Finally, a Red Bank event for residents


RED BANK – The old adage “One man’s trash is anotherman’s treasure”may soon ring true in Red Bank.

TheBoroughCouncil passed a resolution at the Jan. 28 meeting to begin making plans for a borough-wide yard sale.

According to the measure, there were numerous requests from borough residents to have the yard sale, and it would be seen as a “beneficial community building event” by the mayor and council.

“I keep reading about how we want to bring this community together but we’re all afraid to do something about it.We have so many events in this town that are not for the residents.We have sidewalk sales for people to come and visit Red Bank.We have a jazz festival for people to come and visit Red Bank. We don’t have anything, in my opinion, that is for the residents to get to know one another, to enjoy their sense of community,” saidAudrey Oldoerp, South Street.

Mayor Pasquale Menna called on Oldoerp to speak about the borough-wide yard sale during the workshop portion of the meeting because she was instrumental in bringing the project before council.

Oldoerp said the yard sale could bemodeled after those that are held in other area towns like Belmar, Oceanport and Atlantic Highlands.

“I’mfairly certain that theRedBank residents can be trusted to do something that other townships have been able to do,” said Oldoerp.

Councilman Michael R. DuPont, who is Oldoerp’s neighbor, said that there was a yard sale on his street in the past and everything went smoothly.

“We had a South Street…yard sale last summer and there weren’t any complaints. I think that this is a good opportunity for the community to get together. It was a wonderful opportunity for our little area…to get to know one another,” said DuPont.

Councilwoman Sharon Lee, who is the council liaison to the Public Works Department, brought in Belmar’s bulk item ordinance, which designates fees for participants to purchase stickers for certain sale items.

“Itwould stop any landlords fromdumping. It would stop people coming fromout of the community and dumping. The stickers would be assigned to the specific house, and that is where the collection person would have a list and pick up specific items from specific homes,” said Lee, addressing one of the concerns council members had, which was dealing with the bulk pickup.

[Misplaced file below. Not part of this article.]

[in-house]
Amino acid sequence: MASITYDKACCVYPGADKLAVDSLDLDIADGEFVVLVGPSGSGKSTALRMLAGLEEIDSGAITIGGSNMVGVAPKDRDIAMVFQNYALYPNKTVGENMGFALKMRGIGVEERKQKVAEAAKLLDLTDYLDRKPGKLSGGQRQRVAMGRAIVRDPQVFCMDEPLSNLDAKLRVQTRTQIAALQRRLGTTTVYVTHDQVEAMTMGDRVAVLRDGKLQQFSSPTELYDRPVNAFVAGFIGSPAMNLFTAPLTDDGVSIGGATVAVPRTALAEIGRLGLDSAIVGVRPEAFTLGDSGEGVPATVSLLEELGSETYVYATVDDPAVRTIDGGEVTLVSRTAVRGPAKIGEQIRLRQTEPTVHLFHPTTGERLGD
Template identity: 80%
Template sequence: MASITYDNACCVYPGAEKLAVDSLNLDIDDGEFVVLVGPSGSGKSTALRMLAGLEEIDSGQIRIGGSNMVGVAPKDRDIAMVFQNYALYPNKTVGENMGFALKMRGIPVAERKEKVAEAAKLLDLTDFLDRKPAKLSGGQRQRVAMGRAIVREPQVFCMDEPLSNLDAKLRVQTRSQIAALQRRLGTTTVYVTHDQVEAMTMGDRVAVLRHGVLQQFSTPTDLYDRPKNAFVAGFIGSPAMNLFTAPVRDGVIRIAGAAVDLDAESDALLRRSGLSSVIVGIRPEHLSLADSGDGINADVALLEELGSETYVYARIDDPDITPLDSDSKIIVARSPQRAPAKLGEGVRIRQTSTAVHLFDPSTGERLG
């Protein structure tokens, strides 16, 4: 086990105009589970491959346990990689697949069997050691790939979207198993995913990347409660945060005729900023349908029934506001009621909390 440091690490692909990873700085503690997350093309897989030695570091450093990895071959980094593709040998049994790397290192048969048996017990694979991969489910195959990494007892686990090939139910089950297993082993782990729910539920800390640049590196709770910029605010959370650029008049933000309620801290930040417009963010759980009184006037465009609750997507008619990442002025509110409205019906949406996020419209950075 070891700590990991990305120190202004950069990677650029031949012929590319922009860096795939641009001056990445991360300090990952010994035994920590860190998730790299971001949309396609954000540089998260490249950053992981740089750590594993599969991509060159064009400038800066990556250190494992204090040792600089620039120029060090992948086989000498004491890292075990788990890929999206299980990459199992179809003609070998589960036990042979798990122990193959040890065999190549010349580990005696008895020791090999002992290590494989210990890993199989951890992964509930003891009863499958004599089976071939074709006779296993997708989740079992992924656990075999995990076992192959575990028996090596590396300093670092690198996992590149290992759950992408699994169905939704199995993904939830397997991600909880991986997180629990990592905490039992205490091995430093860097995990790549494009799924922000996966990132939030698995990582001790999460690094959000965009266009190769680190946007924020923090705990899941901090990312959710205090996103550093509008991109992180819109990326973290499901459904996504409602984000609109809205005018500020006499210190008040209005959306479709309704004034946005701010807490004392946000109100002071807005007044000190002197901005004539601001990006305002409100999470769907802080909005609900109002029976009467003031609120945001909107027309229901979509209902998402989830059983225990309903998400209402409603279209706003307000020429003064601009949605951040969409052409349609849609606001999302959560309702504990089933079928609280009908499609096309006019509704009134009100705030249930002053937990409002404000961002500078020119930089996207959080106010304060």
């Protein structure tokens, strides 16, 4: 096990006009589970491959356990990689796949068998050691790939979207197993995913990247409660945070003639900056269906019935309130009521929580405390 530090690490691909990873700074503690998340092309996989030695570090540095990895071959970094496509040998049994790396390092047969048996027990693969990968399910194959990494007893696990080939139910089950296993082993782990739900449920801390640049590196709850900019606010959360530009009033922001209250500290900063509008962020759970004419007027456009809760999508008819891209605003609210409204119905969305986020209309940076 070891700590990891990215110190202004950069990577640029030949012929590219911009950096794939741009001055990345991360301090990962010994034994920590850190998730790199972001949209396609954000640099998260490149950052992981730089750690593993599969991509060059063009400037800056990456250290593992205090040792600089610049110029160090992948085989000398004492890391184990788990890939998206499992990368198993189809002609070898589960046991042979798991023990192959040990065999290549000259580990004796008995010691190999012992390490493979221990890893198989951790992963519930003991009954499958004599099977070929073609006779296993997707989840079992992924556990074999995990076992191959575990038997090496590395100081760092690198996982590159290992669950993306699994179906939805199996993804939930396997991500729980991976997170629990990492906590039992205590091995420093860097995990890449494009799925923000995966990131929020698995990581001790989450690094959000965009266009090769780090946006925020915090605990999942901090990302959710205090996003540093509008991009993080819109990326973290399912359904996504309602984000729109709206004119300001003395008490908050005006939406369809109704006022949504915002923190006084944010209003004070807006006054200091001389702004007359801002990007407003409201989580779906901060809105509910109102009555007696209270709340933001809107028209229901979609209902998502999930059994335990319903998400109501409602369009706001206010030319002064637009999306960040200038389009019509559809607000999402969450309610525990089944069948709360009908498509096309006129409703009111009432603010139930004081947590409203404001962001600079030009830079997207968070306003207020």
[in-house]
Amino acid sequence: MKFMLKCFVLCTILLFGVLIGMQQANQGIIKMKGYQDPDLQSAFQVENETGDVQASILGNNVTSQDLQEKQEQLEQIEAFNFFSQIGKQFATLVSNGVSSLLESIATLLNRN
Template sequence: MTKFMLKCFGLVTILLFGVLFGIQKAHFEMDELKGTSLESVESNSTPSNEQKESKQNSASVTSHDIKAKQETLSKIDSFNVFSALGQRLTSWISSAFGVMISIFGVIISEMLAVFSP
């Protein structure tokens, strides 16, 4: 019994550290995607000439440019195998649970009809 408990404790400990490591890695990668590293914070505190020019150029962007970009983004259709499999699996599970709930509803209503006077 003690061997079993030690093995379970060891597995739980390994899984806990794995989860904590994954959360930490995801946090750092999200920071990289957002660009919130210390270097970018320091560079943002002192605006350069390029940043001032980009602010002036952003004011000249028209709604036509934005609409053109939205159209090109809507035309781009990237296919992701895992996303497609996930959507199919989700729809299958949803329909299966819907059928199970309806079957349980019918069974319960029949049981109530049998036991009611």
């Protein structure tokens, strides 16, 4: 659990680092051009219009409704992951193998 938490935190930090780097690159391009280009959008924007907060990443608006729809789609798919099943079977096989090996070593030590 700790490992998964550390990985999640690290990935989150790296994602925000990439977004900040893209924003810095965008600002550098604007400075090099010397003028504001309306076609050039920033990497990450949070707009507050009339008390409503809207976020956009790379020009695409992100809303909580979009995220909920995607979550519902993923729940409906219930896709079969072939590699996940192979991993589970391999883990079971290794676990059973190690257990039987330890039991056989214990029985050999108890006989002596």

Councilwoman Mary-Grace Cangemi, who is the council liaison to the Environmental Commission, also shared some concerns she had about the borough-wide yard sale. She said the cost of the bulk pickup could be very significant and that the solutions offered would only act as a partial answer.

Another concern she shared was about the health conditions, since there has been an ongoing bed bug problemin the borough.

“Anything made out of fabric is a potential carrier of vermin, and that’s a problem in town. We’ve been fighting this all over town, so I have grave concerns about people whowant to sell furniture or even clothing,” said Cangemi.

She added, “It’s something that we’ve been trying to discourage…not just in Red Bank but in some other municipalities. So I’mconcerned thatwemay be creating some problems that are going to be difficult to overcome.”

“I think thatwe shouldmove the resolution ahead. Come back with a plan … that plan can be accepted, it can be abbreviated, amended and decide what we are going to do. It could be a complete rejection in the end, but at leastwe’ve given the opportunity to study it,” said Councilman John P. Curley.

The resolution that the council unanimously passed at the meeting states that the Public Works Department and the Environmental Commission or a subcommittee of both groupswould take charge of the project and direct the plans, which would be later reviewed by the mayor and council.